LAS VEGAS (FOX5) -- A defrocked New Jersey priest-turned-teacher was found murdered in his Henderson home.
Police said officers were conducting a welfare check about 9:30 a.m. Saturday when they found the body of John Capparelli, 70, in his house in the 1400 block of Bonner Springs Drive, near Eastern Avenue and Reunion Drive.
Henderson Police declined a request for an interview but a police source told FOX5 Capparelli had a history of hiring male prostitutes.
On Feb 13, the archdiocese of New Jersey released 188 names of priests accused of abusing children, including Capparelli. Less than a month later, he was murdered.
More than two dozen men have come forward saying Capparelli abused them sexually or physically dating back to the 1970s. Multiple accusations said Capparelli made them wrestle in swimwear while he took photos.
Rich Fitter said he is one of the victims.
"He would have you wrestle in Speedos because he said that with gym shorts or sweatpants somebody could get a finger tangled up and break a finger."
The two met in 1982, when Fitter was 15 years old. At the time, Fitter said Capparelli was a trusted priest at Our Lady of Peace in New Providence, New Jersey.
"He kind of played the role of being that cool adult that you hung out with," Fitter said.
Fitter was in Capparelli's "wrestling club" for more than a year. During that time, the relationship grew outside of the wrestling mat.
He would call up and say, 'Hey, you know, you want to go for pizza?' And you’d go for pizza and he’d be like, 'Lets stop by the gym and we’ll grab a quick workout.'"
Fitter said he and his parents didn't think anything of it since Capparelli was known around town as a "good guy."
Capparelli started wrestling one-on-one with Fitter, he said.
"That’s when his hands would start to wander and that’s when it really got weird.”
Fitter said the priest's hand would wander at places like the movies, too.
"When he jumped, he reached in and grabbed the inside of my thigh. It was really a very uncomfortable moment."
In 1983, Fitter said he found a stack of Capparelli's wrestling Polaroids.
"Most of the pictures were focused on our privates parts or there were a lot of pictures of facial expressions of people in obvious pain or exhaustion."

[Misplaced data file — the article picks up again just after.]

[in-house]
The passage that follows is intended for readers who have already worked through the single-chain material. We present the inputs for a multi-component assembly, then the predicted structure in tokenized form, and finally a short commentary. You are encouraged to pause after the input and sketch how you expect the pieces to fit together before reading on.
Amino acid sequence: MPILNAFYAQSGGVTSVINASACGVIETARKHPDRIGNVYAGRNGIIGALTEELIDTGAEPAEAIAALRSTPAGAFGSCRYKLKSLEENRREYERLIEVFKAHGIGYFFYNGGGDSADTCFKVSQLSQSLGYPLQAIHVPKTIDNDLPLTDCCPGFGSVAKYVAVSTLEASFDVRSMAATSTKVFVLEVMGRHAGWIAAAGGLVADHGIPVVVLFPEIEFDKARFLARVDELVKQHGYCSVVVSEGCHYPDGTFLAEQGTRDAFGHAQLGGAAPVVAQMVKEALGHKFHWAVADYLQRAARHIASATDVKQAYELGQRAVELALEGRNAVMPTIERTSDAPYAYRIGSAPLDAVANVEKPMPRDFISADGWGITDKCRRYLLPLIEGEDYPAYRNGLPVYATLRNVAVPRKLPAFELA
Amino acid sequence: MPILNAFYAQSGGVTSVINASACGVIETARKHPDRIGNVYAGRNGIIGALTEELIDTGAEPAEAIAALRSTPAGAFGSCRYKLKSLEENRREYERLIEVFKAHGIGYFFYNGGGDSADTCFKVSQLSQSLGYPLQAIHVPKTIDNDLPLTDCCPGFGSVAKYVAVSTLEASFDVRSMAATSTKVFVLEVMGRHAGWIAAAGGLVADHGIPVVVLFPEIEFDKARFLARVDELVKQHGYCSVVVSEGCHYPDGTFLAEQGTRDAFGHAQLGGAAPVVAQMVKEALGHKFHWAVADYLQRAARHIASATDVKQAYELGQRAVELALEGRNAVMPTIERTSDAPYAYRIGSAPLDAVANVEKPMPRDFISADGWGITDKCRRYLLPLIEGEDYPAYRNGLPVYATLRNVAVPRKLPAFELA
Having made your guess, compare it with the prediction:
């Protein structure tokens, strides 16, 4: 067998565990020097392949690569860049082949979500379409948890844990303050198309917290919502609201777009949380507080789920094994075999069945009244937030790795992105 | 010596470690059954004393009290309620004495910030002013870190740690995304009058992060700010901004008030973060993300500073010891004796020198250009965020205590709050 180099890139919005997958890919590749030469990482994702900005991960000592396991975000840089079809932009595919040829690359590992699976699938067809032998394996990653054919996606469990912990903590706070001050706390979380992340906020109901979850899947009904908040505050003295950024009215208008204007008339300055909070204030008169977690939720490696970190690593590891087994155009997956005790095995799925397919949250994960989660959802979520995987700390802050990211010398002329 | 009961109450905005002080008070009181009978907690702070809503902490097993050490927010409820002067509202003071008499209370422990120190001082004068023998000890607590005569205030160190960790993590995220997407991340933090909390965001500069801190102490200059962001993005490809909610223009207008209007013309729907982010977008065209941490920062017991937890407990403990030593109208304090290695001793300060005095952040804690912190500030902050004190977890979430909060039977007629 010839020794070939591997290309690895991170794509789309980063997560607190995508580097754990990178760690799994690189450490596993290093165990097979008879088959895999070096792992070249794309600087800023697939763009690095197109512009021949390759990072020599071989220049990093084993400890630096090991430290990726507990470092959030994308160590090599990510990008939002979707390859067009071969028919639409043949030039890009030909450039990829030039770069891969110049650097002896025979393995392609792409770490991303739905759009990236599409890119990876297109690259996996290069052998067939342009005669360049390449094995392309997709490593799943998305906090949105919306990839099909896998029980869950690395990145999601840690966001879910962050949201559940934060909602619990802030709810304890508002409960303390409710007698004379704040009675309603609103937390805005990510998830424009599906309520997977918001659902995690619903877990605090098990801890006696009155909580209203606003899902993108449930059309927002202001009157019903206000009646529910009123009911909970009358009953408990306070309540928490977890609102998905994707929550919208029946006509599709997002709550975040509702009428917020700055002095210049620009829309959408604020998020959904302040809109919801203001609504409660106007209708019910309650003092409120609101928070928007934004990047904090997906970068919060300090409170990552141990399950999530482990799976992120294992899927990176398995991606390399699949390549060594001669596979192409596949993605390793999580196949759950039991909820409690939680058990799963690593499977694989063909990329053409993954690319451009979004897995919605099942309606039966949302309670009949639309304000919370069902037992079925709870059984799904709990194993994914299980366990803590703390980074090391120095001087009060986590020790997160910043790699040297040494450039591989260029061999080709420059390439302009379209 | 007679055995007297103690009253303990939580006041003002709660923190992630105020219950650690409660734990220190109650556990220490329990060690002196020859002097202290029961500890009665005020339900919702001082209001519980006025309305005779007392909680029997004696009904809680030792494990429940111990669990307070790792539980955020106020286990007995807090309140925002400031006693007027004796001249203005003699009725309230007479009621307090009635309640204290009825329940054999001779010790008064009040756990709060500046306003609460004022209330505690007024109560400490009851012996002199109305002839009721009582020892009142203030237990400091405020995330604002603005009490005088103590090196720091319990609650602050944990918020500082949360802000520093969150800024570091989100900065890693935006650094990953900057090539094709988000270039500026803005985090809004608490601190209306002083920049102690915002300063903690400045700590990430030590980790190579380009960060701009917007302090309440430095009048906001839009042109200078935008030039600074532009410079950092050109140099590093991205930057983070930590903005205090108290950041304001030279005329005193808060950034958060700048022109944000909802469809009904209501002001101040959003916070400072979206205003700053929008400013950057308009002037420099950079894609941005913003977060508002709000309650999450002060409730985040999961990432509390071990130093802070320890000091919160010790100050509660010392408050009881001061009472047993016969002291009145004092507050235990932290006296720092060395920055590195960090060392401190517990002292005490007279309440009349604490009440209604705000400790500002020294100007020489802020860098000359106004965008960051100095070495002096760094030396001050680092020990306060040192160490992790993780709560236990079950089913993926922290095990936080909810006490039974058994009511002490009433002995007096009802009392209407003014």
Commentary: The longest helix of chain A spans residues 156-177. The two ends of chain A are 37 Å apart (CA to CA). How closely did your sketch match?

Fitter said he confronted Capparelli, who didn't like the questions.
"When we went downstairs, it turned into a physical violent sexual assault."
Fitter didn't talk about what happened for seven years. He said as he tried to forget, his personality changed.
"My parents wanted to know, 'Are you on drugs? You're wearing these dark clothes and you're angry all the time.'"
Years later, Fitter was working in a local deli. He said a different priest walked in who triggered repressed memories.
"I remember my knees buckling and grabbing the counter," he said.
That's when Fitter told his parents and reported Capparelli to the Archdiocese.
"All I asked was that he not be allowed near kids because he was dangerous."
Instead, Capparelli had more access to kids.
A detailed report by NJ Advance Media in 2013 said Capparelli was suspended from the ministry in 1992, then became a public school teacher in 1993.
He wasn't charged with a crime, which is why nothing was flagged as he became an educator.
Capparelli also taught as a professor at Seton Hall University. On Rate My Professor, one of the reviews reads, "If you want an A in the class, just be the lucky student he picks to wrestle."
Fitter filed a lawsuit in 2011 against Capparelli and the church for allowing the former priest to be around kids.
"I got a settlement that probably doesn't even cover my years of therapy but that wasn't the point."
In 2013, the New Jersey Attorney General asked Fitter to testify against Capparelli. He never got to face his accuser in court.
"He chose to surrender his license voluntarily and retire," said Fitter.
The newspaper in New Jersey linked Capparelli to a fetish website that he ran from his home, then disclosed the stories of many of his accusers.
Then in the years following, he moved to Henderson.
Neighbors said that the man was quiet, and kept to himself. Another described him as pleasant and said they spoke to him when they walked their dogs.
"You never know who your neighbors are," John Deangelo.
Fitter said there are probably a lot of people who are happy Capparelli is dead.
"I think there are a lot of people who wanted him dead ... I think the world is a better place and I think its a safer place without him."
Now he has a message for our community.
"If there is anybody that he preyed on, come forward and start healing from it."
The Clark County Coroner's Office said he was shot in the neck and ruled his death homicide. No suspect information was available, police said.
This was Henderson's third homicide of 2019.